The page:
Kathryn's story: “Hey!” My 11-year-old daughter bounded out of the kitchen, swinging a miniature pocket watch from a chain. “What’s this? Whose is it?” It was hers, and I told her so, but not that it was intended for her Christmas stocking. I had bought it between errands, then dropped it into the groceries, which I had asked her to unload and put away, having forgotten the tiny purchase that had settled to the bottom of the bag. One hundred and three days remained until December 25.
“Why did you buy me a present?” she asked. “Why on a nothing day like today?”
“I saw it, and I knew you’d love it,” I replied.
She skipped around me, singing, “I do, I do!”
She kissed my cheek and the watch itself. It was a beautiful piece: the case filigreed and daintily faux-tarnished; the sweep of its second hand no thicker than an eyelash. I was sorry to lose this one; it was a find. I had already been anticipating the look on my daughter’s face when she discovered it in her stocking. It was the type of gift that powerfully reinforces the existence of Santa Claus, in the way a store-bought toy never can.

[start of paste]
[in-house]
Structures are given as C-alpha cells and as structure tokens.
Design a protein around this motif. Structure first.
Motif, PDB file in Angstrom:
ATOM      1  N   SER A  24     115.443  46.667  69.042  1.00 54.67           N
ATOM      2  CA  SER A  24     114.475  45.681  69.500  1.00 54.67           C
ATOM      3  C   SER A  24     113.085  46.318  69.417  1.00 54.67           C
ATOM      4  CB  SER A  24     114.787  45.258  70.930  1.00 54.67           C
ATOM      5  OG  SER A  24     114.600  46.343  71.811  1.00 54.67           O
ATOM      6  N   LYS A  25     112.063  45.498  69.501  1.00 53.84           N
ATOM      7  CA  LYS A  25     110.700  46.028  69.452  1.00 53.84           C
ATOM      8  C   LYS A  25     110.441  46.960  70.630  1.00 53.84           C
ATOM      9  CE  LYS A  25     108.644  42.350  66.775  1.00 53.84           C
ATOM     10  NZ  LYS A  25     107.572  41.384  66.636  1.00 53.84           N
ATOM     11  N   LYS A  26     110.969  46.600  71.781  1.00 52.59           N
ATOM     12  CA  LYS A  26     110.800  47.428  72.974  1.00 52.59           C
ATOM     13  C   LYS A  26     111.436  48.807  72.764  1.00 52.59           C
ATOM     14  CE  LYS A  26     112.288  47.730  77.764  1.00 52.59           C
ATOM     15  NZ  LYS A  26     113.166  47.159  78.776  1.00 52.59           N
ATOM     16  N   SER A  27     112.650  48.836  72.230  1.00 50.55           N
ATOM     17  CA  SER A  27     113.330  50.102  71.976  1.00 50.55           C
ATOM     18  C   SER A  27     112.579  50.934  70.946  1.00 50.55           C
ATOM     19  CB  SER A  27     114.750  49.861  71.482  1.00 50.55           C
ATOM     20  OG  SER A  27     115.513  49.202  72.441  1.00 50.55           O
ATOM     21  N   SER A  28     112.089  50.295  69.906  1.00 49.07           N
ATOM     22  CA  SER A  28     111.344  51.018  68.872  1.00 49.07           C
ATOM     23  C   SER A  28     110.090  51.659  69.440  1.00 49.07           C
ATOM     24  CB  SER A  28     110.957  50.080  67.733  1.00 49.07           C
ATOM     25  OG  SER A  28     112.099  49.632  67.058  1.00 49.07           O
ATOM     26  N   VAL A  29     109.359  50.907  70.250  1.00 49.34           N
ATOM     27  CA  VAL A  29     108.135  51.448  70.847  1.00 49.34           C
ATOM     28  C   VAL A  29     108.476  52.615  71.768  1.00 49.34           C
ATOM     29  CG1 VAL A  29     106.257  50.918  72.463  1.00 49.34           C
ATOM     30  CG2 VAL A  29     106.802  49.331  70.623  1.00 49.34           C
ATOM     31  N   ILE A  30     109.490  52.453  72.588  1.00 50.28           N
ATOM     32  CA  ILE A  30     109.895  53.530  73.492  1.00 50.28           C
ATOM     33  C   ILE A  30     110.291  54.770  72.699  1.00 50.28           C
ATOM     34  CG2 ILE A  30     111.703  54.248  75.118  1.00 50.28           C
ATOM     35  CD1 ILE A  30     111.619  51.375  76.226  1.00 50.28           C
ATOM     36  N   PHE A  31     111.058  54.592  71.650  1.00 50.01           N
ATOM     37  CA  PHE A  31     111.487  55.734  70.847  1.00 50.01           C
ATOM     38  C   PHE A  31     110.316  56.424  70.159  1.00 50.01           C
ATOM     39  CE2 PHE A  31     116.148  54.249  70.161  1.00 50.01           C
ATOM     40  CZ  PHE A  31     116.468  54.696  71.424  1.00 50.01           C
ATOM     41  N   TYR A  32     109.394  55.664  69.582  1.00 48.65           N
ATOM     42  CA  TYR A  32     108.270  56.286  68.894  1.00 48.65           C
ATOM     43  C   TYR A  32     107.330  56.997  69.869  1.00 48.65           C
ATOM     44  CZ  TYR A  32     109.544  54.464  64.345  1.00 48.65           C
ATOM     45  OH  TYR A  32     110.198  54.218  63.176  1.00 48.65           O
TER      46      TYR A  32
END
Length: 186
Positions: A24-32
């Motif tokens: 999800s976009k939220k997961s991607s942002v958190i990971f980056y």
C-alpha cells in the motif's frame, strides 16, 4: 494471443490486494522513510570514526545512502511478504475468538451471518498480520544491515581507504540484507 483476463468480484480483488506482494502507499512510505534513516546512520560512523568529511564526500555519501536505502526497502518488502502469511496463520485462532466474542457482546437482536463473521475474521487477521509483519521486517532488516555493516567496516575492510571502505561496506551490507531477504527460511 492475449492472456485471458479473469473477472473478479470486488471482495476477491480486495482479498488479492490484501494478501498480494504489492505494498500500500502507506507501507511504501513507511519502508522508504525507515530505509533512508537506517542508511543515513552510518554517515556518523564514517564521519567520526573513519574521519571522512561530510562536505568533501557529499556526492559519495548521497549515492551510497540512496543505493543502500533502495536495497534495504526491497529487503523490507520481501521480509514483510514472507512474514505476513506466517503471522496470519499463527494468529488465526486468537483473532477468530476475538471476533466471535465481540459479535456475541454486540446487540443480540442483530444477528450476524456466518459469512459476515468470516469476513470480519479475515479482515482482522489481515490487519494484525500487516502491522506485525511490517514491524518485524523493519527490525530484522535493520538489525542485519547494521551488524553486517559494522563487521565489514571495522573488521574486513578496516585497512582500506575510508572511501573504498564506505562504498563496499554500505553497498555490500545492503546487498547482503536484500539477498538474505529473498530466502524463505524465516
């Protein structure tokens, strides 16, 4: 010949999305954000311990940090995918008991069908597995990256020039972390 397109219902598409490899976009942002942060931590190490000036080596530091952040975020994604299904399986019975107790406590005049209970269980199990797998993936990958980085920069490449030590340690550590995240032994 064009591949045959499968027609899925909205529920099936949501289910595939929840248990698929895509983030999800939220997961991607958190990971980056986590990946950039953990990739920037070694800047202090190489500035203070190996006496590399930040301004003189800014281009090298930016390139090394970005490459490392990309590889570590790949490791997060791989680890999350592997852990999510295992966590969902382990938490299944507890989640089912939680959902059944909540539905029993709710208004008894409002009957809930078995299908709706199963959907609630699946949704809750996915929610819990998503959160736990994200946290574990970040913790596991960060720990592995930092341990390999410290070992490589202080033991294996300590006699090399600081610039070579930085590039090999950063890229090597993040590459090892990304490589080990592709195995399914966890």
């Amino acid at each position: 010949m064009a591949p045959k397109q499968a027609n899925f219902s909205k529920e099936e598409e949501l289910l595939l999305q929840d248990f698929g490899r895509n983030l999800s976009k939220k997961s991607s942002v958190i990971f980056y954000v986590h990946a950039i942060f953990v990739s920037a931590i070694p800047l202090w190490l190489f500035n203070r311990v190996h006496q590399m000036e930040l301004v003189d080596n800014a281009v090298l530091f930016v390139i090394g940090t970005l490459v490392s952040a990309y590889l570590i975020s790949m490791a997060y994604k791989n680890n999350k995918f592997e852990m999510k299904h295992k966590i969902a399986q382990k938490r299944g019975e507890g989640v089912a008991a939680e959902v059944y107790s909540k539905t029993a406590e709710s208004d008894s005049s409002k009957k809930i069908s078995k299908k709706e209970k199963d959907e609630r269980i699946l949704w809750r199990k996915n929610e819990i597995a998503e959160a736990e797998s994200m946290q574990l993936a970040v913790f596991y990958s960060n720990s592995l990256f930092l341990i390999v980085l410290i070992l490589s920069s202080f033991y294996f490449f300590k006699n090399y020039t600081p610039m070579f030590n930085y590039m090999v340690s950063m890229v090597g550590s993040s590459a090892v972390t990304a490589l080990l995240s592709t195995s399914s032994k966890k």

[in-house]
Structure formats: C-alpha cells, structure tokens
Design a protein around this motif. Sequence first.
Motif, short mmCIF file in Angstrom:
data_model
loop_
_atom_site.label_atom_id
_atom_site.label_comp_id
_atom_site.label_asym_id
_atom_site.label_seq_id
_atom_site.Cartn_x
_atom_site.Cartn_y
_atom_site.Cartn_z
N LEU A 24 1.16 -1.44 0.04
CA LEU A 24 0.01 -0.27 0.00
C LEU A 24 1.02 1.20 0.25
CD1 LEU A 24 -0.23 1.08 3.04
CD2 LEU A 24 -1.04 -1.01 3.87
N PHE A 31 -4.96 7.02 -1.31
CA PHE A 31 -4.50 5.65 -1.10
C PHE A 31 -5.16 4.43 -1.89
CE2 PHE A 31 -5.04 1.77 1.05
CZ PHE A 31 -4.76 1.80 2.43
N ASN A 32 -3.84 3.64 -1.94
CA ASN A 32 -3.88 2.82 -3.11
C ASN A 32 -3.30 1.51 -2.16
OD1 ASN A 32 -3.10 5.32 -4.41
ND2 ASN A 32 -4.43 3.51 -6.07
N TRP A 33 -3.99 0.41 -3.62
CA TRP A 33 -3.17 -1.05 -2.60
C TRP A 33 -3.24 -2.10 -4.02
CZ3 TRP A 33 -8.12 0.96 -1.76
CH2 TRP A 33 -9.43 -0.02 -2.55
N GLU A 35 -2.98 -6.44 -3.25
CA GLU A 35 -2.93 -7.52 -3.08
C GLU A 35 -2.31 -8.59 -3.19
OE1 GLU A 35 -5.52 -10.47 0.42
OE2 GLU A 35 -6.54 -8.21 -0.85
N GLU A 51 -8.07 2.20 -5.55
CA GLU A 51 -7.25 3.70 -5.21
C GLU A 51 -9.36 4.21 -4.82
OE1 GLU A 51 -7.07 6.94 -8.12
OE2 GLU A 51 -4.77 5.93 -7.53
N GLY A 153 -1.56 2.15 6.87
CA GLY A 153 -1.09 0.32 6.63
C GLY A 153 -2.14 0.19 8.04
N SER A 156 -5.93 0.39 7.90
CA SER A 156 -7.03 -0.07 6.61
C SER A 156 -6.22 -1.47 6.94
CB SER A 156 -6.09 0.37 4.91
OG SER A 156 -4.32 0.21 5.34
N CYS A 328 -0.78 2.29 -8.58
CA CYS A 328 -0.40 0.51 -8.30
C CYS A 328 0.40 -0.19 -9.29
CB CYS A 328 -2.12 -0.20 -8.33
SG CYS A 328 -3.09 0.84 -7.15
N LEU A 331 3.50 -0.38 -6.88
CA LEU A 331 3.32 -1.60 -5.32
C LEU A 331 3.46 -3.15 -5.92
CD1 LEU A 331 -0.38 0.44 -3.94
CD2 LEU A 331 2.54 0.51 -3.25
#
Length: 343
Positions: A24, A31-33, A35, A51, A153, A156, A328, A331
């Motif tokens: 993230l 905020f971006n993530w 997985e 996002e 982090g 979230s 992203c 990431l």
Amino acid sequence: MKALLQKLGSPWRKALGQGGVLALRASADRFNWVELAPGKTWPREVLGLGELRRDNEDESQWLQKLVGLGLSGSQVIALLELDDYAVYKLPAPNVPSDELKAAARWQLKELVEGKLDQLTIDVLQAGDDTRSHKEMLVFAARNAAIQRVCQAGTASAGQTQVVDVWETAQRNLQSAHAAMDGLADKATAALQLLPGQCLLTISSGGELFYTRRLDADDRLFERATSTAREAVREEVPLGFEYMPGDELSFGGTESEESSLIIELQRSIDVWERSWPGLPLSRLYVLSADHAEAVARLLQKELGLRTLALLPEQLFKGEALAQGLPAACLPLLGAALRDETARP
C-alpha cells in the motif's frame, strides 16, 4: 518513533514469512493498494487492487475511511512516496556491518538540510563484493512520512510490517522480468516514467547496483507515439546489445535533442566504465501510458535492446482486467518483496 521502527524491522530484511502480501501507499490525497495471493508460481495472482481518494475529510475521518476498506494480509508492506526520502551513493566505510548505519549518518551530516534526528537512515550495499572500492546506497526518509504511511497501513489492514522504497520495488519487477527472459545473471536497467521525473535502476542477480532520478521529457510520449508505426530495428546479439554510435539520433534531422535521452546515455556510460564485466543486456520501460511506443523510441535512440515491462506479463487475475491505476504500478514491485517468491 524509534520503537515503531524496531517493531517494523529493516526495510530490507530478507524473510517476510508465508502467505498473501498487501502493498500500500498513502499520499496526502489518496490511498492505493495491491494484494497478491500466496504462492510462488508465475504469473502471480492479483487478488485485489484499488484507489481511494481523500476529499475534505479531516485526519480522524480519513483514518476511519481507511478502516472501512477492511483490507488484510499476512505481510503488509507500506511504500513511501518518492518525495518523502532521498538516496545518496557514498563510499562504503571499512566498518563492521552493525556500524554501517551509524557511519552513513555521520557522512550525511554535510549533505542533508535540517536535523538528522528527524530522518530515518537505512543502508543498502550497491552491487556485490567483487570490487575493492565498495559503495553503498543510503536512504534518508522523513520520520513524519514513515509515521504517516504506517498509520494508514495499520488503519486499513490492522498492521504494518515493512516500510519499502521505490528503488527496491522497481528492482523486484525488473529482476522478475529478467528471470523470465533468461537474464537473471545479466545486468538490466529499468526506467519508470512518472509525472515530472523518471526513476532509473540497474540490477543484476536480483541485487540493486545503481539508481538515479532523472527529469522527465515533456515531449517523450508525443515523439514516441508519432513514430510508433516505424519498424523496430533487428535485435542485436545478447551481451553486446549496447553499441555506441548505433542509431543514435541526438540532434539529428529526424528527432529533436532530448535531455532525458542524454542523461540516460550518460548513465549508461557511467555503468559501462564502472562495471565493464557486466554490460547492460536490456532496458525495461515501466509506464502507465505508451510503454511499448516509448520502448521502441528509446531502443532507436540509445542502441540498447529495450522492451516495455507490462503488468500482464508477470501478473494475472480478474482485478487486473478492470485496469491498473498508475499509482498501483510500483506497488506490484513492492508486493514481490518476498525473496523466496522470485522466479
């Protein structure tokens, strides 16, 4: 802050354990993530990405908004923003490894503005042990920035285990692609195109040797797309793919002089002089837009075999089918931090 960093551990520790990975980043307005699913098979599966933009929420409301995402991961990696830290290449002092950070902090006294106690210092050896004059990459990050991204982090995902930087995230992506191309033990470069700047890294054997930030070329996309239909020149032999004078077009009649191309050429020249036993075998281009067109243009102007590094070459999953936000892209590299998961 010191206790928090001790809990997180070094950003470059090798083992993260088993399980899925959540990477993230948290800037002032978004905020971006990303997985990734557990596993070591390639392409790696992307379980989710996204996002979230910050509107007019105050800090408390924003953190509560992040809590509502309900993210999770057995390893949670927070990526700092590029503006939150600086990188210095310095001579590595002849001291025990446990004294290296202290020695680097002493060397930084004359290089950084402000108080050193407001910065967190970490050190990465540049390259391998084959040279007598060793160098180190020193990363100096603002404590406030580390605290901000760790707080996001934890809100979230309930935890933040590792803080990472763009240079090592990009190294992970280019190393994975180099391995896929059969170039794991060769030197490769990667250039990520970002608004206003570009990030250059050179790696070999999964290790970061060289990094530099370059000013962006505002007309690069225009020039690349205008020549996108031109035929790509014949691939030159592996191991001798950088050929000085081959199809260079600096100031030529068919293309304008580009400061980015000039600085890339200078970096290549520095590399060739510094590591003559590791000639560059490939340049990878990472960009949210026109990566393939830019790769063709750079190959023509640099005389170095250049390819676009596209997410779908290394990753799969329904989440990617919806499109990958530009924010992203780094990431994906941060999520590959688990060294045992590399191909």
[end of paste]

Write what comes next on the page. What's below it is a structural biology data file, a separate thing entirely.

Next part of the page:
For me there has always been comfort, joy, and excitement to be found in Christmas shopping. And, truly, I’m never not Christmas shopping—not in June, not in January. Why would I limit such an activity to an official season kicked off by the inauspiciously named Black Friday?
Whenever an opportunity presents itself—that empty hour, say, between one appointment and the next—I meander through department stores, boutiques, flea markets. It doesn’t matter which. I enjoy the illicit squandering of time that would be better spent on completing a pressing chore. A benign addiction, Christmas shopping saves me, sometimes, from buying what I don’t need for myself. But I can’t claim it as a virtue. The impulse is selfish and has been ever since I learned that in buying a gift I also purchase the fantasy it inspires.